Whereas, the superior fascicle inserts into the interarticular disc of the TMJ and for this it penetrates the joint capsule. Also a part is inserted into the deep fibers of the pterygoid or inferior bundle.


The external or lateral pterygoid muscle is irrigated by the internal maxillary artery or also known as the internal mandibular artery, this will emit ascending as well as descending branches.

Some authors mention another artery called interpterigoid artery, which may come from the same internal maxillary or middle meningeal branch.


The external pterygoid muscle receives innervation from an external branch belonging to the mandibular nerve, called the temporobucal nerve.


It is a muscle that acts in the chewing process. The lower and upper portions work separately but coordinated, in such a way that each one has a function and when one is active the other is inactive and vice versa.

The inferior fascicle contracts together with other muscles when we open our mouth and also when we move the jaw laterally (ipsilateral mandibular movements) or forward (protrusion movement), outside its normal limits voluntarily. During these movements the upper part is inactive.

The superior fascicle is activated when we close the mouth and when we return the mandible to the original position, that is, during the retrusion movement (backwards) and in the stabilization of the TMJ joint to the medial position. In this case, the inferior fascicle becomes inactive.

That is why, it is said that this muscle performs a stabilizing function of the temporomandibular joint, specifically of the head and condylar disc.

Associated pathologies

Pterygoid muscle tension

The causes that can cause this muscle to tense are abnormal occlusion, stress, anxiety or rage attacks, and trauma.

When there is pain in the jaw area, it is difficult to determine which muscle is affected. One way to find out is to ask the patient to try to clench the teeth, if this causes increased pain, it means that the muscle involved is the superior pterygoid.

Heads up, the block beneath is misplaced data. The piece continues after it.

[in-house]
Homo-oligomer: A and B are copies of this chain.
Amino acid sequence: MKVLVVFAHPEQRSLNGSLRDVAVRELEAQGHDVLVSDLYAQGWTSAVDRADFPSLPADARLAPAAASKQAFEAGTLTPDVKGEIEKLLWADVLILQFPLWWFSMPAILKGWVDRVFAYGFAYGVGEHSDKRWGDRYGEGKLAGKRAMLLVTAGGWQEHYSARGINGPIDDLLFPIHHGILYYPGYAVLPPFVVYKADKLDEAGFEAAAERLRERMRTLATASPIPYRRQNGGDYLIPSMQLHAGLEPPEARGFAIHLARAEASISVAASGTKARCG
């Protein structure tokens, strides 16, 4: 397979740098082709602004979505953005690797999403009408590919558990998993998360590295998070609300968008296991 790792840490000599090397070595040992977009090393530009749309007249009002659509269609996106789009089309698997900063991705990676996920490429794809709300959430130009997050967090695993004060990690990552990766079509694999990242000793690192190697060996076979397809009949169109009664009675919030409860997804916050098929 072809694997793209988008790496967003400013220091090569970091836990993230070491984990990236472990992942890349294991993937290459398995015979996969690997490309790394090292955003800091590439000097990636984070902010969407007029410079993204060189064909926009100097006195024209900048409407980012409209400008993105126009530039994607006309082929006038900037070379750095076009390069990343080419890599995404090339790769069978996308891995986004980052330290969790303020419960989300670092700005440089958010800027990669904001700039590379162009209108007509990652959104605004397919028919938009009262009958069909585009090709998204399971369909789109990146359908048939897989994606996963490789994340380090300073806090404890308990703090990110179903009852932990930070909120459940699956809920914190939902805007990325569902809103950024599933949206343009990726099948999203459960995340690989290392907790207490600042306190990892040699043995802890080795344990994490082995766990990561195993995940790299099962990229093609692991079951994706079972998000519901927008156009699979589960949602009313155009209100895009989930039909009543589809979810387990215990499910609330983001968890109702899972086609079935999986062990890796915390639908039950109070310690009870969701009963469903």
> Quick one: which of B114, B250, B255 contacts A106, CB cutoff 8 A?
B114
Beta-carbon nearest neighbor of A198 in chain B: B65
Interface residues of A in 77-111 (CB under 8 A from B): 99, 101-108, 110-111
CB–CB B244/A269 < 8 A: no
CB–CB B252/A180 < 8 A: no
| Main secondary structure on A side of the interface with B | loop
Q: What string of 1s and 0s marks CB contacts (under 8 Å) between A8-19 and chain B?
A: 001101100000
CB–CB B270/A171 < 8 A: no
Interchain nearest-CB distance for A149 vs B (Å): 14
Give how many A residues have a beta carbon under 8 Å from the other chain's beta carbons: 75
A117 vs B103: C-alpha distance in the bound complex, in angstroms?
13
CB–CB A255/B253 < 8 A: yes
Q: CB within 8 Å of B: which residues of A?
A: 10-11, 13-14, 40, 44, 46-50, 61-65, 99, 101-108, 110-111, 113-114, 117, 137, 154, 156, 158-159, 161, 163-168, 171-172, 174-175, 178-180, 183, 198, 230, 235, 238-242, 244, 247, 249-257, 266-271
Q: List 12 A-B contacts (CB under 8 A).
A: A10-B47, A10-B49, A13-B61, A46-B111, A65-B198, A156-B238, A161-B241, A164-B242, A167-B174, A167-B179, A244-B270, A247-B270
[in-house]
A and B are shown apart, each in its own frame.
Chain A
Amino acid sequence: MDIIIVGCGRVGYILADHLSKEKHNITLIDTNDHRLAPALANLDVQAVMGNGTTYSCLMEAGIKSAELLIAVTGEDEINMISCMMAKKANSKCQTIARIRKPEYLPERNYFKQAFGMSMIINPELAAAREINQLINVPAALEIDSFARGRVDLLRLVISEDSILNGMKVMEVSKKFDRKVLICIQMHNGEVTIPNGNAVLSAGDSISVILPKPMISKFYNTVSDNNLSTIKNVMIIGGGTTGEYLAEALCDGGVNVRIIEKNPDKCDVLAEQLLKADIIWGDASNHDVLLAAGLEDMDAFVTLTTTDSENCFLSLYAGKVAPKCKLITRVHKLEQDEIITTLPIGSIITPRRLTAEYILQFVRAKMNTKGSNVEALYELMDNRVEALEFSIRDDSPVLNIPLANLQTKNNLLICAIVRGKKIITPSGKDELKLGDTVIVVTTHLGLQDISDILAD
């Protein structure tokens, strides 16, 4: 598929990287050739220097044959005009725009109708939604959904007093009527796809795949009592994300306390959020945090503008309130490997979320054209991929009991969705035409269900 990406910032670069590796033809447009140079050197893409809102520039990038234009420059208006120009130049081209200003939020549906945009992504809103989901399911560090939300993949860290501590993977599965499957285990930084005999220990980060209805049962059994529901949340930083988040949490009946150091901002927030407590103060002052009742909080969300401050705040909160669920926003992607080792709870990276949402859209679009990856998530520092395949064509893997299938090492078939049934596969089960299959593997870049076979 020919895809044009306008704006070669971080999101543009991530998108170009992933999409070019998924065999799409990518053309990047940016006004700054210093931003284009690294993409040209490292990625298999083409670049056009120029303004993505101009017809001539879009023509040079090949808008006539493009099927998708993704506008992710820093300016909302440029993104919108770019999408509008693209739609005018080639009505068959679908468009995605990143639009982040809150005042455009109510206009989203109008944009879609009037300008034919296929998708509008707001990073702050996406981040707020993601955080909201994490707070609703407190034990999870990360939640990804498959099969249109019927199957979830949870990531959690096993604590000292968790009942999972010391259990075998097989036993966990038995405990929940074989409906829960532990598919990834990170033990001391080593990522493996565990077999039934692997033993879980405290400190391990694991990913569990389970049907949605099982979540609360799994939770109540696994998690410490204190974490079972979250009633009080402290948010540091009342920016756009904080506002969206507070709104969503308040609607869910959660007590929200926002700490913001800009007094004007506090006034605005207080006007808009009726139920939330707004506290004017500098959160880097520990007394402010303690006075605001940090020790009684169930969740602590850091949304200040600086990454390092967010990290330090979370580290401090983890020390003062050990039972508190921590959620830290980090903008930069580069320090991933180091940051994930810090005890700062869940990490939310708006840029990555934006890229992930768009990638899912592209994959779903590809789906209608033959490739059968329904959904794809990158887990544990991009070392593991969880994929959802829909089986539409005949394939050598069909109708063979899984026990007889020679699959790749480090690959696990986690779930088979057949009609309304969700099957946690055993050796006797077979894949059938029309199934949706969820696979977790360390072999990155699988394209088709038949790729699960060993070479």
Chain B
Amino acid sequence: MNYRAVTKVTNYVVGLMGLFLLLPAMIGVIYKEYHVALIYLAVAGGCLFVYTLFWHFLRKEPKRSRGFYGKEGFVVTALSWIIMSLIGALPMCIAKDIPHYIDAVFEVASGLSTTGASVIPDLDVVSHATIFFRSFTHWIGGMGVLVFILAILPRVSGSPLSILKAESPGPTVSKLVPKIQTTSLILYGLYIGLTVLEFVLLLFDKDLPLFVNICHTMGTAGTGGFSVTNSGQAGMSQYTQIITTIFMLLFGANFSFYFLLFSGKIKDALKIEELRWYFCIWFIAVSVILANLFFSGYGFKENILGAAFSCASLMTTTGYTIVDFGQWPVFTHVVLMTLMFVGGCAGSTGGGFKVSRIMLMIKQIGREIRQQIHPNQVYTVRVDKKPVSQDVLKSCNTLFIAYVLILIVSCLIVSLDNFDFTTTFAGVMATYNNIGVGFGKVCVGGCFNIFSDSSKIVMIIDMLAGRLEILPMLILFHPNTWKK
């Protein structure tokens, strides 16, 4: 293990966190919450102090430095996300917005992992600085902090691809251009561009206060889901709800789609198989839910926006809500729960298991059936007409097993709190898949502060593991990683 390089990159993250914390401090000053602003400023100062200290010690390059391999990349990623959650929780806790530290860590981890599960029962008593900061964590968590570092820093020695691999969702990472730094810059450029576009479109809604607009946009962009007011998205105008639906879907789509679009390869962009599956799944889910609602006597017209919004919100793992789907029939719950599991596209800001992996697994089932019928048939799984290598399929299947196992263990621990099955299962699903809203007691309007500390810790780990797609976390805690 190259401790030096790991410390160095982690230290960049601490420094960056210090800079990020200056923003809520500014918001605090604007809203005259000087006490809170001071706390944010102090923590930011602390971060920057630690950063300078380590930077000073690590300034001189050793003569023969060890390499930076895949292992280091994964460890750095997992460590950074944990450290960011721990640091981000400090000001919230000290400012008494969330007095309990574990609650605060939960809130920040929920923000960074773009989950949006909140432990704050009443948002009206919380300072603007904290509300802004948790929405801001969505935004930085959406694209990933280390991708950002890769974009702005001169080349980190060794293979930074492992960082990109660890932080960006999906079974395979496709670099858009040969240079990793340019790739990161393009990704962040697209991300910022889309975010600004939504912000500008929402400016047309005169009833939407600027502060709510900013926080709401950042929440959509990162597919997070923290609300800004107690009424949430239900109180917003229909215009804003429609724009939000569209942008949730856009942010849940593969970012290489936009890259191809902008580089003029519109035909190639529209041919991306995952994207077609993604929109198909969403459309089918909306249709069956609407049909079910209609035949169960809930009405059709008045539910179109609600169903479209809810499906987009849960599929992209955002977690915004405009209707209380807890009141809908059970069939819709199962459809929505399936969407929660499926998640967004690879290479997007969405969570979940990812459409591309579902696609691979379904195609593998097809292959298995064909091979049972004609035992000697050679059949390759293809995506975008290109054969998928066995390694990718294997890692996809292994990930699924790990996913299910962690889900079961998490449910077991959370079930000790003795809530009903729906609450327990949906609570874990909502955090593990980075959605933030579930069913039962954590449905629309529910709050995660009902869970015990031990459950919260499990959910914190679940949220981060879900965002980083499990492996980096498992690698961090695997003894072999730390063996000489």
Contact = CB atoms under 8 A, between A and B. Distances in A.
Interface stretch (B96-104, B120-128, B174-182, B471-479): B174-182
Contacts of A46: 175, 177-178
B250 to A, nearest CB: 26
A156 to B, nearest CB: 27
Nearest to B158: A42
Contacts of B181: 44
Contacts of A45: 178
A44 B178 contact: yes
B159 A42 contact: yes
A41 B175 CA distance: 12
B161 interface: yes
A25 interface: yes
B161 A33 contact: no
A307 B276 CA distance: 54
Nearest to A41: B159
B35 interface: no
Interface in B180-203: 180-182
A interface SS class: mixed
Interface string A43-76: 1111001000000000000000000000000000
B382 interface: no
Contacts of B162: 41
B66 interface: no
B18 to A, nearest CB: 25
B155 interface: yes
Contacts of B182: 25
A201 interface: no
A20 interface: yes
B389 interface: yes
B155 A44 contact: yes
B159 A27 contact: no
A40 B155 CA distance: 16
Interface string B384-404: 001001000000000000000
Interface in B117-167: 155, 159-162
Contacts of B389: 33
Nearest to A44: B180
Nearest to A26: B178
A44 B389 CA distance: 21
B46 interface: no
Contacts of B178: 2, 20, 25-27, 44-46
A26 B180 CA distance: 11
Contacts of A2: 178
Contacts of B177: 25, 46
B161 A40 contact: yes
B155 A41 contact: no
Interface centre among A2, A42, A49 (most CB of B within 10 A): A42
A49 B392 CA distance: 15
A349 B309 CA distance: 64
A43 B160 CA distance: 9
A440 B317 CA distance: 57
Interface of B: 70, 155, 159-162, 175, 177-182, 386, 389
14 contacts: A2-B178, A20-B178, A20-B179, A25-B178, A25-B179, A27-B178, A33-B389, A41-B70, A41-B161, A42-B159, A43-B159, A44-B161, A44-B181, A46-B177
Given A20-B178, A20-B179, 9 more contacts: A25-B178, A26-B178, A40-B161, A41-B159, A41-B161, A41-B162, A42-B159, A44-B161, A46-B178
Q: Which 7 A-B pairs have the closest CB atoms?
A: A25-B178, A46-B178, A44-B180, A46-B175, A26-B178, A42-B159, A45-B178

However, intracapsular pain causes the same discomfort when performing this exercise, therefore, to differentiate both pains, the patient is now asked to clench the teeth but placing a spacer between them, if the pain persists it comes from the muscle, but if the pain subsides, then it is intracapsular pain.

On the other hand, if we ask the patient to open his mouth as wide as possible and that does not cause discomfort, it means that the lower fascicle is not affected, but if it hurts, then it is involved.

Temporomandibular dysfunction

This condition is also called temporomandibular joint pain and dysfunction syndrome (TMDSS). When there are problems with the temporomandibular joint, consider checking the external pterygoid muscle.

Anterodiscal displacement of the joint could be associated with a spasm of this muscle.

The myofascial pain that occurs in this muscle usually radiates to the jaw and ear.

This muscle is very difficult to palpate and even more so if the patient feels pain. One possible treatment is dry needling of the external pterygoid. There are also exercises that help stabilize the jaw, but they must be guided by specialists.

If there is anterior dislocation in the disc with reduction, therapies can be performed to regain the position of the disc, but this is only possible after having worked with stretching exercises to the external pterygoid muscle.